California researchers have created a tissue-engineered small-scale small intestine in mice, a breakthrough for regenerative medicine and a step toward growing new intestines for humans. The process re-creates all the layers of cells that make up a functioning intestine.
Tissue engineering, which promises to rebuild or replace injured or failing body parts, has seen some major advancements in recent months, with biological scaffolds used to create new bones in rabbits and regrown muscle in humans. But it's more difficult to make a complete organ, which has several types of cells that must all function properly.
The small intestine is a good subject for this type of study because it's a particularly regenerative organ, said Dr. Tracy C. Grikscheit, the lead author of a paper on this research.
Grikscheit and colleagues at The Saban Research Institute of Children's Hospital Los Angeles took samples of mice intestinal tissue, including all the layers of cells — muscle cells and epithelial cells. Then the team transplanted the cells onto a polymer scaffold within the abdomen, a news release explains. Growth factor proteins encouraged the cells to replicate.
New small intestines grew on the scaffold, the researchers say, and they had all the constituents of a normal intestine. The new intestines "contained the most essential components of the originals," according to the news release.
The research could someday be used to treat various intestinal disorders, including a particular gastrointestinal disease that affects premature babies, according to Children's Hospital. An engineered replacement organ would conceivably last much longer than a transplant, if one is even available.
A paper on the research is published in the journal Tissue Engineering Part A.
one step closer to becoming an immortal species.
This is the first thing you've said that actually has some truth to it, and finally something that makes sense.
But I'm not sure if immortality is such a good idea for the Earth in it's current state. Have you ever read Robinson's Mars Trilogy?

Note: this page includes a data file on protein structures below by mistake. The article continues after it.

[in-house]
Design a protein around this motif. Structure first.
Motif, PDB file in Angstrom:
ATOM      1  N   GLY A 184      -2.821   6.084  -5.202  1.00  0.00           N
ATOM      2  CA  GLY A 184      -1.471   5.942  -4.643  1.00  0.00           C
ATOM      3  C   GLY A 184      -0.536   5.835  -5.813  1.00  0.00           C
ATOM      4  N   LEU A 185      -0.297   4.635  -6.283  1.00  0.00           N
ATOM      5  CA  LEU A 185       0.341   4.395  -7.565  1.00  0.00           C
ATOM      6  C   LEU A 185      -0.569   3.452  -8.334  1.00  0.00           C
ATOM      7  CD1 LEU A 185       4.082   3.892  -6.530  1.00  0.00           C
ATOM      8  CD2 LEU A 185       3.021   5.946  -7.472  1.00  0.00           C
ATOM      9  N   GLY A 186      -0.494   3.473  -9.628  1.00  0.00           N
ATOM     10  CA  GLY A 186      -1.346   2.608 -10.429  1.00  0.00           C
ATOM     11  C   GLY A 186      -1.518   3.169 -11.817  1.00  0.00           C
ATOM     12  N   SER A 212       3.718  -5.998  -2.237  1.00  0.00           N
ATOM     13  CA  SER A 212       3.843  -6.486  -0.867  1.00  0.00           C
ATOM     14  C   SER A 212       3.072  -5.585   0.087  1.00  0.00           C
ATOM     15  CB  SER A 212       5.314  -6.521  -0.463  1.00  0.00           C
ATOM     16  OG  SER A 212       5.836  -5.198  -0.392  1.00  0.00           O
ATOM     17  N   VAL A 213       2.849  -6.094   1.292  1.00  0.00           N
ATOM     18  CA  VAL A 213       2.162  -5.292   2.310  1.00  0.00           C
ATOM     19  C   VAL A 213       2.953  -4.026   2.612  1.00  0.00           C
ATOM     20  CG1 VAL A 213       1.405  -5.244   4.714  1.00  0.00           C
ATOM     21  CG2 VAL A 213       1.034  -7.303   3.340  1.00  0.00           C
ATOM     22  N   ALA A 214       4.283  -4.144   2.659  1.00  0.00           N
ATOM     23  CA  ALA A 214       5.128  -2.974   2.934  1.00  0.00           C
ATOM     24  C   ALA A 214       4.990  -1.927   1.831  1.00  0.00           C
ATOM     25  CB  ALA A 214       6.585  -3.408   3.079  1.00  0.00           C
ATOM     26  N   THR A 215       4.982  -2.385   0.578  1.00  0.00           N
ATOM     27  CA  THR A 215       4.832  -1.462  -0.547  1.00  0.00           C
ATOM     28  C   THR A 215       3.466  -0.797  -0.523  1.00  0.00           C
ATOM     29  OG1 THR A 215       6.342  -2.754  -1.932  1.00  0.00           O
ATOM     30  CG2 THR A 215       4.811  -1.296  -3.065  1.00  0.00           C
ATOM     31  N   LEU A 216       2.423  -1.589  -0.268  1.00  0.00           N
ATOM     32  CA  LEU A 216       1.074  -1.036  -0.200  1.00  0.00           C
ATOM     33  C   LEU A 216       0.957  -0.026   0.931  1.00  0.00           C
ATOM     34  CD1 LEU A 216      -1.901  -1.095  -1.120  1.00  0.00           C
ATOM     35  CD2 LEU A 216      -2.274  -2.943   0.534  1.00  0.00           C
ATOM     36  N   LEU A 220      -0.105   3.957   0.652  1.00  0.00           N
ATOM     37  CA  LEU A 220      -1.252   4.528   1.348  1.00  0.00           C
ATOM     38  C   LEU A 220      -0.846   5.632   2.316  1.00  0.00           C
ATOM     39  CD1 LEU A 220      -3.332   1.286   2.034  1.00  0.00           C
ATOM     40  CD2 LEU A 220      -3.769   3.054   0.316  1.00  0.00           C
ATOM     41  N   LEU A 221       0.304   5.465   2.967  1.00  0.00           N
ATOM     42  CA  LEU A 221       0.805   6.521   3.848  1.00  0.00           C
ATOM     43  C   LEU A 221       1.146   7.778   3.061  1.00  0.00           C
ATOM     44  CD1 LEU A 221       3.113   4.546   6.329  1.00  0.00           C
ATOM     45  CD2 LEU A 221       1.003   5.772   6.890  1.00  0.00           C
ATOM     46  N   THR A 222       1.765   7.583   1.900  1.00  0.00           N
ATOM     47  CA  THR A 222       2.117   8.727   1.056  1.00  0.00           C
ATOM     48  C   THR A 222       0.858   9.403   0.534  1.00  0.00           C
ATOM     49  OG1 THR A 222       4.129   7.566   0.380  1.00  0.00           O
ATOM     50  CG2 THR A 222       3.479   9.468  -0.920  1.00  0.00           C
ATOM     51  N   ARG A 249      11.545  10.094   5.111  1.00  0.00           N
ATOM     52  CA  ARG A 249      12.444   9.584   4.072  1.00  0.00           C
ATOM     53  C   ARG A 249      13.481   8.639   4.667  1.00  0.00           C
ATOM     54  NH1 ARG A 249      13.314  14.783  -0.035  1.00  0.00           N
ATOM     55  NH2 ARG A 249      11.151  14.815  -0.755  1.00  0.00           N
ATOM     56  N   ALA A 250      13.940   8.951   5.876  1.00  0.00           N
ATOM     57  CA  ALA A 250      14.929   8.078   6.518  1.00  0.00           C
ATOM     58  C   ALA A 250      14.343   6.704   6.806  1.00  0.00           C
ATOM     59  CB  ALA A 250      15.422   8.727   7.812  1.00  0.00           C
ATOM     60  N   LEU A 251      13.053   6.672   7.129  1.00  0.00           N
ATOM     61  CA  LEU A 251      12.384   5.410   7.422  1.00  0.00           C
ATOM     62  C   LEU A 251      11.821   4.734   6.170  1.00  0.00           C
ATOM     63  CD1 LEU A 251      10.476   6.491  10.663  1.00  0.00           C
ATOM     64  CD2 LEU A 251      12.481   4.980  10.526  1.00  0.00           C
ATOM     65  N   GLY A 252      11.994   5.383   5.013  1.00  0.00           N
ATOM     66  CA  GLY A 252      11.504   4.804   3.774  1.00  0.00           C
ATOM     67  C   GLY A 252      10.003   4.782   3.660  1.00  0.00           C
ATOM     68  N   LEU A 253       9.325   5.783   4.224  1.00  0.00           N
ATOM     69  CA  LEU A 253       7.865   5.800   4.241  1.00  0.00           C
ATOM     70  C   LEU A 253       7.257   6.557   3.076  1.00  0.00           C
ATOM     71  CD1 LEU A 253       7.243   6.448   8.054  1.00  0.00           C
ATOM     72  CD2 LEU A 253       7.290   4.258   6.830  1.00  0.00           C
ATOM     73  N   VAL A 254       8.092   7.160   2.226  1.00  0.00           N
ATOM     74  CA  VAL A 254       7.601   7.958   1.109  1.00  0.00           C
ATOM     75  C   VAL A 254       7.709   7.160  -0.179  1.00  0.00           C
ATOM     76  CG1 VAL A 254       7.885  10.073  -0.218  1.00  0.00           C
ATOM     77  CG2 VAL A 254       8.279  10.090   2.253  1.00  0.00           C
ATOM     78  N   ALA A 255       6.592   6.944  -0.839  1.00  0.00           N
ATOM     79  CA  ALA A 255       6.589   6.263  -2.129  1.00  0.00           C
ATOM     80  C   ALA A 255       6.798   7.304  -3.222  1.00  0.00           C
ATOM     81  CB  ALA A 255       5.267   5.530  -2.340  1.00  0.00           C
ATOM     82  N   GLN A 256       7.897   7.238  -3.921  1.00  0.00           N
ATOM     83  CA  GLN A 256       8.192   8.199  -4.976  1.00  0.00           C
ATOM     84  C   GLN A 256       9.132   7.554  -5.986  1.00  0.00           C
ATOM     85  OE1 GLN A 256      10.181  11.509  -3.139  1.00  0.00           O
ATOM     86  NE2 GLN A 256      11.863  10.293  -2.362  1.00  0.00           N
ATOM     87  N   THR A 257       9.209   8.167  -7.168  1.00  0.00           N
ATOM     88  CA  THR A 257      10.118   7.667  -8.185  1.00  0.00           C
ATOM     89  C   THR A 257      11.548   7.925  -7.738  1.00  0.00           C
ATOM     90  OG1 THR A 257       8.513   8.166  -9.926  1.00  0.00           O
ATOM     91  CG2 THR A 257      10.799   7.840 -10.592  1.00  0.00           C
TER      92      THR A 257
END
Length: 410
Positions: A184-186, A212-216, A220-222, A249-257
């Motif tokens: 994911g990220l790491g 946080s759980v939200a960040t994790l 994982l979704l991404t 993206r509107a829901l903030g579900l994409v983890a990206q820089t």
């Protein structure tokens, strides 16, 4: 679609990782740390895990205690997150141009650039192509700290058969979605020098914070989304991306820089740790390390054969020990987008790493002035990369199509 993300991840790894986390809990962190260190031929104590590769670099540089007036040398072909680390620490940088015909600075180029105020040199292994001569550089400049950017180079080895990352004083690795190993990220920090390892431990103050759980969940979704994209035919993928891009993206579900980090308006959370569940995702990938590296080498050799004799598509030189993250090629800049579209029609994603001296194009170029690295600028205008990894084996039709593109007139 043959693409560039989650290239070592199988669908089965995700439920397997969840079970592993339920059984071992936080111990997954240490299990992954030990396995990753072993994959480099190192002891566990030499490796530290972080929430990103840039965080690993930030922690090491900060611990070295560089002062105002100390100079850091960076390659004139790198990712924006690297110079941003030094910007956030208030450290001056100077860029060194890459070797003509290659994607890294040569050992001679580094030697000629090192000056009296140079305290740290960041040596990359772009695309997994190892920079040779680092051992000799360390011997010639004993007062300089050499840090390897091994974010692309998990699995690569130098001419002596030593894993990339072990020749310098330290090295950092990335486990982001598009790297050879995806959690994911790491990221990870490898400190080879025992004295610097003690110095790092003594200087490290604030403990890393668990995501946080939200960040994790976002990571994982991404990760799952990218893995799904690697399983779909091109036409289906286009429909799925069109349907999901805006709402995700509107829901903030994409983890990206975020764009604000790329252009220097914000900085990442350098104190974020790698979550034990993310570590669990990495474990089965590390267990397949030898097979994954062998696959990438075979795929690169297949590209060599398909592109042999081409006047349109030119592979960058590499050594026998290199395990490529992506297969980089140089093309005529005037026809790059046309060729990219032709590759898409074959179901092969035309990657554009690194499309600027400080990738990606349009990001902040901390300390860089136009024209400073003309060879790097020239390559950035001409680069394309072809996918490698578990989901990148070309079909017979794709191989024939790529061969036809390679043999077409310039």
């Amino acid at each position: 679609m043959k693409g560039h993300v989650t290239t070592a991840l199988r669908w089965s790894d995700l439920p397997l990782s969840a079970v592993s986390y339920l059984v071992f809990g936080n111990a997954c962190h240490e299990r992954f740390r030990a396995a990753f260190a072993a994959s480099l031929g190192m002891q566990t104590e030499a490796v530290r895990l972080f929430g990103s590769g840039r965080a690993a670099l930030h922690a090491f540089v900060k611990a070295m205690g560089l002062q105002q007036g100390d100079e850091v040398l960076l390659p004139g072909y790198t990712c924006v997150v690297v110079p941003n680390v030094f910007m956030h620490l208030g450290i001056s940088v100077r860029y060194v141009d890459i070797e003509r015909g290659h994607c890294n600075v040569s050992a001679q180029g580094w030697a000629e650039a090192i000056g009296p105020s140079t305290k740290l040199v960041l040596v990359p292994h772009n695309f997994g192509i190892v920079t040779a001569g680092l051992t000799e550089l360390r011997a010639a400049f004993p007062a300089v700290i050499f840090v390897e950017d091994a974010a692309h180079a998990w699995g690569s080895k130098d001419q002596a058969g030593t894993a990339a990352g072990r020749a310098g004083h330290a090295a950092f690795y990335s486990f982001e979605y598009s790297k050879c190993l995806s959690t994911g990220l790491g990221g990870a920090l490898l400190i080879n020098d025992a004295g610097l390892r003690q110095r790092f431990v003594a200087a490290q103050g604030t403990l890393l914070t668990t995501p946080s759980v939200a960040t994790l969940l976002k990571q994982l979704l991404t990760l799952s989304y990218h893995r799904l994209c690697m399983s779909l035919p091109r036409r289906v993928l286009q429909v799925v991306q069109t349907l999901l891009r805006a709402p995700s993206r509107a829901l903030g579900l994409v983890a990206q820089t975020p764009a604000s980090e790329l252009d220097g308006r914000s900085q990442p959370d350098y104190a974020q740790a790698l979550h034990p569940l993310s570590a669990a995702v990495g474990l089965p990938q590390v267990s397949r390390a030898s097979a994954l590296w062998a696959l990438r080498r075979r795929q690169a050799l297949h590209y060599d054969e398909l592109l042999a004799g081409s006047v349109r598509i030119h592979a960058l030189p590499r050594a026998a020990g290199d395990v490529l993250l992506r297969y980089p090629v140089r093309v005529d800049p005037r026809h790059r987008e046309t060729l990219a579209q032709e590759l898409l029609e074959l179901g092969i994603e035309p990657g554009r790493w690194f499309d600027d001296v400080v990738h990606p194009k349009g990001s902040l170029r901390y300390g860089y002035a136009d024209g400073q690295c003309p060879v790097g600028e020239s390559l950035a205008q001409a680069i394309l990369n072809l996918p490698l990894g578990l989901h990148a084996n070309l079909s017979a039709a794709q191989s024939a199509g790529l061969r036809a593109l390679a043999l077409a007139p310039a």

sorry for not getting back to you in a while, immortality is inevitable. we need it if we want to dominate the cosmos. ive never read Robinson's Mars Trilogy. i will look into it.
Nevermind all the immortality #@#@#. As the parent of a child with a very rare small intestine disorder, I welcome the scientific advance so maybe my child can live past the age of 10 and not die a very slow painful death from malnutrition!!!!! Artificial organs may be God's knowledge passed onto mankind not for the sake of immortality but at least for a child or young adult to have some reasonable life expectancy. It's not the science itself, it's what mankind does with the science!!!!
I second dxcrawfo.... I suffer from Crohn's disease and have had two intestinal resections (a total of apprx 12" were removed). I would love to one day have a fully functional and healthy set of intestines. DX - all the best to your child. As a parent, I cannot imagine what this must be like. I will keep you in my prayers.
I have Crohn's disease as well but I've only have five feet of small intestine left. I am 34 years old with a 5 year old son my second greatest fear is that I will lose 1 or 2 more feet and my son will watch me starve to death instead of me watching him grow up into the amazing man I know he will become.My greatest fear is that he may get Crohn's as well.
I will not bore you with stories of suffering because over time a person can get use to pain but no amount of time will take my fears away.This medicine can do that.So you'll have to excuse those of us who don't care about the bad it could do, but care only of the good it will do
As a mother of a baby that passed away from small intestine failure that casue the rest of his organs to fail, I think this is wonderful. Advances in this could save babys lives like my sons. I only wish that this was a choice for us when he was still alive. I hope they further continue research in this field so that no one will have to go through what he and I went through.